Pierre Vergniaud


Biography of Pierre Vergniaud

Pierre Victurnien Vergniaud (May 31, 1753 – October 31, 1793) was a lawyer and statesman, and a significant figure of the French Revolution. A deputy to the Assembly from Bordeaux, Vergniaud was a notably eloquent and impressive orator. He was a supporter of Jacques Pierre Brissot and the Girondist faction.

Vergniaud was born in the city of Limoges in the province of Limousin, to the elder Pierre Vergniaud and his wife Catherine Baubiat. The Vergniauds had both come from well-to-do merchant families with a long history in the province, and the family enjoyed a comfortable prosperity. At the time of Vergniaud's birth, his father was a contractor and purveyor for the king, supplying food for the royal garrison in the city.

Young Vergniaud was first tutored at home by a Jesuit scholar, Abbé Roby, a master of ancient languages: it is likely that Vergniaud's lifelong love of the classics was inspired by him. The boy was sent to the Jesuit college at Limoges, where he did well. The future French statesman Turgot was at that time the intendant of the province, and knew the elder Vergniaud well. On one occasion, young Pierre recited some of his own poetry in the presence of Turgot, who was greatly impressed by his talent. Through Turgot's patronage, Vergniaud was admitted to the Collège du Plessis at Paris. Little is known of Vergniaud's personal life during his time at Du Plessis, but his education there was clearly a major formative experience: his deep, personal absorption of classical history and philosophy is evident throughout his adult life.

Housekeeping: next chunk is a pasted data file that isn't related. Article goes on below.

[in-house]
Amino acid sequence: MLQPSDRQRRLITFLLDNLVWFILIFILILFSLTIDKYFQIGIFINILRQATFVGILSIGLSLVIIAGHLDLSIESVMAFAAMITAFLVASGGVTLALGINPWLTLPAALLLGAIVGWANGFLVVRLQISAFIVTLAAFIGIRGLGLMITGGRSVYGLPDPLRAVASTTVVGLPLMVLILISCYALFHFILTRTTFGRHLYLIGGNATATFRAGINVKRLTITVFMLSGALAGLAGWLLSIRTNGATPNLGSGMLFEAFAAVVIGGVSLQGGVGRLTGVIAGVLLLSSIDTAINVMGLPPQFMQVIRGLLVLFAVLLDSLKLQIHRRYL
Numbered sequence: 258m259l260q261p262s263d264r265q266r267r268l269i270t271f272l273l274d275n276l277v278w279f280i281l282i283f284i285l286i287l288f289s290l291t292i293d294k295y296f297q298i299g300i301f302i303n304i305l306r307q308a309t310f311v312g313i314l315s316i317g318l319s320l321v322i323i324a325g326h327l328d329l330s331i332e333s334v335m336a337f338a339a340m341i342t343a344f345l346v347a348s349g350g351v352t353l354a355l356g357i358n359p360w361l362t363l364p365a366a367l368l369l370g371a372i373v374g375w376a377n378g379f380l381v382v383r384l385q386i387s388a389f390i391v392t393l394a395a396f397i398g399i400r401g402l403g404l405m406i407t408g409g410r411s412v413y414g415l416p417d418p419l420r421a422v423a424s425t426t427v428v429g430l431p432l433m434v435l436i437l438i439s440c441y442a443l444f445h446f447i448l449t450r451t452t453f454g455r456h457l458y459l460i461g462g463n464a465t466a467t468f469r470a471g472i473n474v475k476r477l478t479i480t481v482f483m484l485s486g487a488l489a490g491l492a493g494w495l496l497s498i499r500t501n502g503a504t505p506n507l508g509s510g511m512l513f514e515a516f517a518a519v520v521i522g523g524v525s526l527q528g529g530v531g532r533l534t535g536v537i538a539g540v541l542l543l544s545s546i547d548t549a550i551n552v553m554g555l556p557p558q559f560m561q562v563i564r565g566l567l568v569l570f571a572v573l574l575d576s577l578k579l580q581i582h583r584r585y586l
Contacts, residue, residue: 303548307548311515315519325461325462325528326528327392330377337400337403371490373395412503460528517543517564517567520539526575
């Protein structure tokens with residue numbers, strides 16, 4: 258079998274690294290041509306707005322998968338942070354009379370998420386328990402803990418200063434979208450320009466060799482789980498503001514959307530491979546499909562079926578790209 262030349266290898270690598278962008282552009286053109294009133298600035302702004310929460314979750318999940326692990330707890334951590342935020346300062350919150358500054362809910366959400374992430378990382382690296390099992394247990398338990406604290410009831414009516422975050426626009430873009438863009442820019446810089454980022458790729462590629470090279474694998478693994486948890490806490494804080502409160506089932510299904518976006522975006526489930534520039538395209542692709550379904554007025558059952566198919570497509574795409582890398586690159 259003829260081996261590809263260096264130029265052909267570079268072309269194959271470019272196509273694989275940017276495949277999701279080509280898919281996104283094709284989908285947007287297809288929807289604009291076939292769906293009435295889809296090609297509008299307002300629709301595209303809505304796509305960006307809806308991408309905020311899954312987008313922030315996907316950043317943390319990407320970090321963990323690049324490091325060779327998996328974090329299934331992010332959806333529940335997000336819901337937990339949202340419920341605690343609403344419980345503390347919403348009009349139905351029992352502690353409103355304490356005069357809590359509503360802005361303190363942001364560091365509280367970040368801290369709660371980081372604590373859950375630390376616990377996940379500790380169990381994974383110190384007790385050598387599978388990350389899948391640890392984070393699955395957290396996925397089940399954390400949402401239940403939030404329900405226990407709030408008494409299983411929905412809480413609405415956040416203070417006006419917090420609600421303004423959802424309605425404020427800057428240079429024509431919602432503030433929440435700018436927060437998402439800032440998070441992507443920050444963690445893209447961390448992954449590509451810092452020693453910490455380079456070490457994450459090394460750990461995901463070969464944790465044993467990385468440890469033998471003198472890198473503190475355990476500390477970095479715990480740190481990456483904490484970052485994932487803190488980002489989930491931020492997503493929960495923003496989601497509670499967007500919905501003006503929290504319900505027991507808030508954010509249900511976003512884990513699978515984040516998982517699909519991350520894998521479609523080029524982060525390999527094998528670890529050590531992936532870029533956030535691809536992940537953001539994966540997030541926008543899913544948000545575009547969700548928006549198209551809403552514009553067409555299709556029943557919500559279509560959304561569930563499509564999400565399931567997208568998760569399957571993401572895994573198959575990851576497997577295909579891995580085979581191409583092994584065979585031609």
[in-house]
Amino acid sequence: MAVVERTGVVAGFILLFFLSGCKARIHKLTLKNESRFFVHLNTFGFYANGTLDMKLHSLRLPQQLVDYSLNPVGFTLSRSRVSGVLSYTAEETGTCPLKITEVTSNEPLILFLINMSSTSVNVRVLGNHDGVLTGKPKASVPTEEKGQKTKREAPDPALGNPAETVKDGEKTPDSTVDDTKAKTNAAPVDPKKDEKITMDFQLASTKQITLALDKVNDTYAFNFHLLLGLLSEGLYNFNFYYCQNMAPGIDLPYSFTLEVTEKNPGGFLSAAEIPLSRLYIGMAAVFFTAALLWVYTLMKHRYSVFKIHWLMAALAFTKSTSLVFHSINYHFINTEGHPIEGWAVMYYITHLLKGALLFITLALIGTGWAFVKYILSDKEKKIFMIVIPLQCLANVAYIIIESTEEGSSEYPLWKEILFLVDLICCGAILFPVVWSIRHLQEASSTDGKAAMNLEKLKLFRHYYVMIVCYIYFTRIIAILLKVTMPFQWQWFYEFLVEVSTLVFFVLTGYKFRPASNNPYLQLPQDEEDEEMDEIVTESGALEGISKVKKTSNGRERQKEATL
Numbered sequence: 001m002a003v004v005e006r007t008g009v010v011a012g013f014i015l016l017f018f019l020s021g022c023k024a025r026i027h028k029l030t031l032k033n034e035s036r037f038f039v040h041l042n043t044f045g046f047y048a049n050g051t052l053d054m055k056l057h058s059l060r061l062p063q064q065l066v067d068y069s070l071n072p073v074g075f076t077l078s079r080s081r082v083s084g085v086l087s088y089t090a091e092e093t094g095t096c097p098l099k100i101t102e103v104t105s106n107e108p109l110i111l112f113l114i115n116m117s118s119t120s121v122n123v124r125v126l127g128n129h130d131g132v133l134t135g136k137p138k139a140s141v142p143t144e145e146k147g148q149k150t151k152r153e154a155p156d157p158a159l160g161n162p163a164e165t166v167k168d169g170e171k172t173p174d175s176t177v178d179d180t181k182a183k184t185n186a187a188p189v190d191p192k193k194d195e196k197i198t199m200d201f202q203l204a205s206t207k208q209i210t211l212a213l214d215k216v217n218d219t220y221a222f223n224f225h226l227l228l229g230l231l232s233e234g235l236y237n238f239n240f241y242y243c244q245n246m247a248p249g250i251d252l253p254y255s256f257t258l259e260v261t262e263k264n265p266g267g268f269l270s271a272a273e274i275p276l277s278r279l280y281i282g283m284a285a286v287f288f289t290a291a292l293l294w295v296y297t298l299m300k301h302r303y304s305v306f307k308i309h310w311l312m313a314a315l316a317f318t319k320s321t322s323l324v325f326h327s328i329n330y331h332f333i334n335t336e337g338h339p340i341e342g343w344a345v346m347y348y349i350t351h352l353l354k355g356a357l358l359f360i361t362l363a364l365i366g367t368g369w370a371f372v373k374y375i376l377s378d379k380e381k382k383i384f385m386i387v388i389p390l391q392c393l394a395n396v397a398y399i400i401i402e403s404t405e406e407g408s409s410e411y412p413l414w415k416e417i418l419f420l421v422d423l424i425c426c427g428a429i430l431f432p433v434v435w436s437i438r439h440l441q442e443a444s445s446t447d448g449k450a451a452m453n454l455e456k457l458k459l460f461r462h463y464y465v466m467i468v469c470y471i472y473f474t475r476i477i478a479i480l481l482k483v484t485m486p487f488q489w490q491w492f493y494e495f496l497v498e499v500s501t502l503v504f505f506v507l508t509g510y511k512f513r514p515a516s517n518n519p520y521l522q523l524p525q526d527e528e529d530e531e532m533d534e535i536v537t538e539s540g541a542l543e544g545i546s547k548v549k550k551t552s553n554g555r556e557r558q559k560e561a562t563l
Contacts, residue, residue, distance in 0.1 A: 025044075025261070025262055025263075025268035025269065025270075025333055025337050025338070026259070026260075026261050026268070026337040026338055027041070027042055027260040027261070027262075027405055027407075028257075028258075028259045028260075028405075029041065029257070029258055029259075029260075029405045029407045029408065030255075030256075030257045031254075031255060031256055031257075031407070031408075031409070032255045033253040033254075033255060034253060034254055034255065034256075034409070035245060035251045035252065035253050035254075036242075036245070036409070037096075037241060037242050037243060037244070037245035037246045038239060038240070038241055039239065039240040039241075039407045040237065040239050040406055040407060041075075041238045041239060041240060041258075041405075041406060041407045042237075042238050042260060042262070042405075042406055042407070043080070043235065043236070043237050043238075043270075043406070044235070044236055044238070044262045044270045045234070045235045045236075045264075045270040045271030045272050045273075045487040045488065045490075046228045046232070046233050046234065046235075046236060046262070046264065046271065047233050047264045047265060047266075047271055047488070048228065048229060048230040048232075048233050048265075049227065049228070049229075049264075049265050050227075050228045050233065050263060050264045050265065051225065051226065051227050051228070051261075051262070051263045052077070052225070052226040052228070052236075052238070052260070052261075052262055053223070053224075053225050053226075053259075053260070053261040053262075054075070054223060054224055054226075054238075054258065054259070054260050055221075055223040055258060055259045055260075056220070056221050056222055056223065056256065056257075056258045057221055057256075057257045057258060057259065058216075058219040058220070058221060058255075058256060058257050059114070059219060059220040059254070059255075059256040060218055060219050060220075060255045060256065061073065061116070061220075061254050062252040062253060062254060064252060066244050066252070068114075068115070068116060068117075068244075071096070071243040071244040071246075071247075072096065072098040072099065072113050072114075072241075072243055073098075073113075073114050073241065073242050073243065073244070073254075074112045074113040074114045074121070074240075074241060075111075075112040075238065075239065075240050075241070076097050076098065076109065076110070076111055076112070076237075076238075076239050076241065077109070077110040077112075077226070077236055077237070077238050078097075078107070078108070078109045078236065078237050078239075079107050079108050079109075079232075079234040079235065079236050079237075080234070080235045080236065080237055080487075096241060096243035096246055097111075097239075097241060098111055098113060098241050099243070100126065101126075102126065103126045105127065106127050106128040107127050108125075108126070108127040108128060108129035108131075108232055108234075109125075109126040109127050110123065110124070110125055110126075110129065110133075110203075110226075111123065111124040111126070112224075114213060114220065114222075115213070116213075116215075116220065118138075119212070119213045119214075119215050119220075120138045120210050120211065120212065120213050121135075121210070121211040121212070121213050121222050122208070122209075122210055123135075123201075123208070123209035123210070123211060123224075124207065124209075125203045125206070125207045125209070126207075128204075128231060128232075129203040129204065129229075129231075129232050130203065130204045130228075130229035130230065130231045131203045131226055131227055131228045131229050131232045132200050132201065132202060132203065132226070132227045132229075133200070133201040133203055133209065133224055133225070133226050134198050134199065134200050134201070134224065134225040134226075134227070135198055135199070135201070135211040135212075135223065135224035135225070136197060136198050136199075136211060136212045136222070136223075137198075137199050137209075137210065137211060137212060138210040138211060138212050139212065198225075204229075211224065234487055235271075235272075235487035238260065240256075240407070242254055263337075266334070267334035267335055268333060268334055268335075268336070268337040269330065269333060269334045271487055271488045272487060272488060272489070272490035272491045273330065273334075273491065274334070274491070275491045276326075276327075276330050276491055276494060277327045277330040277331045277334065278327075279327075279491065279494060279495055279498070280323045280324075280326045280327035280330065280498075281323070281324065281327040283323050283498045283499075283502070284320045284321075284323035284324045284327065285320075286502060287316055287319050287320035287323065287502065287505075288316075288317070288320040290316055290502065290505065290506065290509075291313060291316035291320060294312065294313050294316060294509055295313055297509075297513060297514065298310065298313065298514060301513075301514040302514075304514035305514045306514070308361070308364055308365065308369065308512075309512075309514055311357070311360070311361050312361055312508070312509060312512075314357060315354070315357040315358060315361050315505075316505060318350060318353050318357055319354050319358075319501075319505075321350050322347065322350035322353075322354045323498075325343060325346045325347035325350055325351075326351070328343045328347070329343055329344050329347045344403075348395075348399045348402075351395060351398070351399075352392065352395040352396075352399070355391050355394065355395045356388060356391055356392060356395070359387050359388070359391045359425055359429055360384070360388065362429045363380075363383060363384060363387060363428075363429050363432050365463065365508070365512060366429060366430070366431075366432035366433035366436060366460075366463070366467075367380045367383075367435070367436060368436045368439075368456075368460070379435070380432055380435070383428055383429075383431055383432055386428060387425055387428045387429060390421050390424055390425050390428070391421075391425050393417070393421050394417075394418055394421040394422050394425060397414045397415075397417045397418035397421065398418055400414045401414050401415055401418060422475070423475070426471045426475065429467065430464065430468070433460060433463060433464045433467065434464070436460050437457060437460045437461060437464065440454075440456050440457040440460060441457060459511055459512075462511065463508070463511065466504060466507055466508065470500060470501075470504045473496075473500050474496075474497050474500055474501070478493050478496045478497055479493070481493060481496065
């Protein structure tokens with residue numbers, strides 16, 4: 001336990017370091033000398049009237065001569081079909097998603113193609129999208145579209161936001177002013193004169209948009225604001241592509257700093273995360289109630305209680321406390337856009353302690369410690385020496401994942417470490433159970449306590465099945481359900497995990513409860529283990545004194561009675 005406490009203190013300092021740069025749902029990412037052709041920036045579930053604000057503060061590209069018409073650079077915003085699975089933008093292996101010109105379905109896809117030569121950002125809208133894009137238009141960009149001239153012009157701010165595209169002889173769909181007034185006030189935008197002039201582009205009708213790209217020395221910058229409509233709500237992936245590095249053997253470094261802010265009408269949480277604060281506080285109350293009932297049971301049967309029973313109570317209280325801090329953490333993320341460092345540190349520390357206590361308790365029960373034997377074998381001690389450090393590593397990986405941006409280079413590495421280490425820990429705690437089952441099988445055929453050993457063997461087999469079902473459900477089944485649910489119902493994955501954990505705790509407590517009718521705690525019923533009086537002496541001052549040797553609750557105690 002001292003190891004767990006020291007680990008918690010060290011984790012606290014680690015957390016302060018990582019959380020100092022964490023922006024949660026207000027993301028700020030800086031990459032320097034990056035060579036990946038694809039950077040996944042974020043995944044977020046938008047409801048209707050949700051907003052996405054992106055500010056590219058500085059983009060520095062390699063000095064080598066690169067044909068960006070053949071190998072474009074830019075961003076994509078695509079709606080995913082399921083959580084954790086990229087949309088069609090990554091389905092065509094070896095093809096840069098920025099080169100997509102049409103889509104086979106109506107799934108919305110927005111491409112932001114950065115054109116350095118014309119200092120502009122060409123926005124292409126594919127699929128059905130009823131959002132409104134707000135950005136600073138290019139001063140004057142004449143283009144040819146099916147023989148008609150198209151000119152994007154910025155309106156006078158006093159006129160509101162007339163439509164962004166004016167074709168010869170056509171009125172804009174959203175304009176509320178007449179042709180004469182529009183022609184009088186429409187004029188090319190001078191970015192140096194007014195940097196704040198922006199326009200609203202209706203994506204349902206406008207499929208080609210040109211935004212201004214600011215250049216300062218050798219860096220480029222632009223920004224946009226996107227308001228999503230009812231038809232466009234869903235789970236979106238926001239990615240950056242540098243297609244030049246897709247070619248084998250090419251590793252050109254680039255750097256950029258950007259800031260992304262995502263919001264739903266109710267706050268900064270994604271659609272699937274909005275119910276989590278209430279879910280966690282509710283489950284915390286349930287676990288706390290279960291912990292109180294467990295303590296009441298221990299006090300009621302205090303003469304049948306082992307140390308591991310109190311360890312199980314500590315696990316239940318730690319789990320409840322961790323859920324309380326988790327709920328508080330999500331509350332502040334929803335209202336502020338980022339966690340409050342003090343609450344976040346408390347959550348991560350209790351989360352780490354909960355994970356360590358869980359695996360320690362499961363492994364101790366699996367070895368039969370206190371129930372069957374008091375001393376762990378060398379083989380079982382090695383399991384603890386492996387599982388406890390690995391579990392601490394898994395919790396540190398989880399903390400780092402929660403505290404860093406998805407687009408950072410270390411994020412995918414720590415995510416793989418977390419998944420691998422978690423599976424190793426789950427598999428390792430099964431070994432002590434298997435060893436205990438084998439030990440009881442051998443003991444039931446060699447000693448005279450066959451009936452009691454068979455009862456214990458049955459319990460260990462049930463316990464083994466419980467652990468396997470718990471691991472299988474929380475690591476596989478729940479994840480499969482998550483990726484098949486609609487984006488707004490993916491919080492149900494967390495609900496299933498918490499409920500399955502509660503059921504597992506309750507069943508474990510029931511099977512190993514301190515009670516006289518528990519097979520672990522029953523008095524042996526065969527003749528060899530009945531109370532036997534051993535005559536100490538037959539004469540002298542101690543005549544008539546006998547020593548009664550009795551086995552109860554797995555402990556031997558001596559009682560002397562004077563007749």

After his studies were complete, Vergniaud went unsure of his direction in life. He drifted lazily through several years, dabbling in fiction and theater, and failing miserably as a clerk in the provincial revenue office. Much to his father's dismay, his chief preoccupation seemed to be frequenting salons and engaging in conversation. In this pursuit, however, Vergniaud excelled magnificently. His friendships and associations grew richly in the salons. He was particularly favored by the Countess de Maleyssie, who let the frequently destitute Vergniaud live freely in her estate, and Charles Dupaty, President of the parlement of Bordeaux, who urged the incandescent young man to study law.

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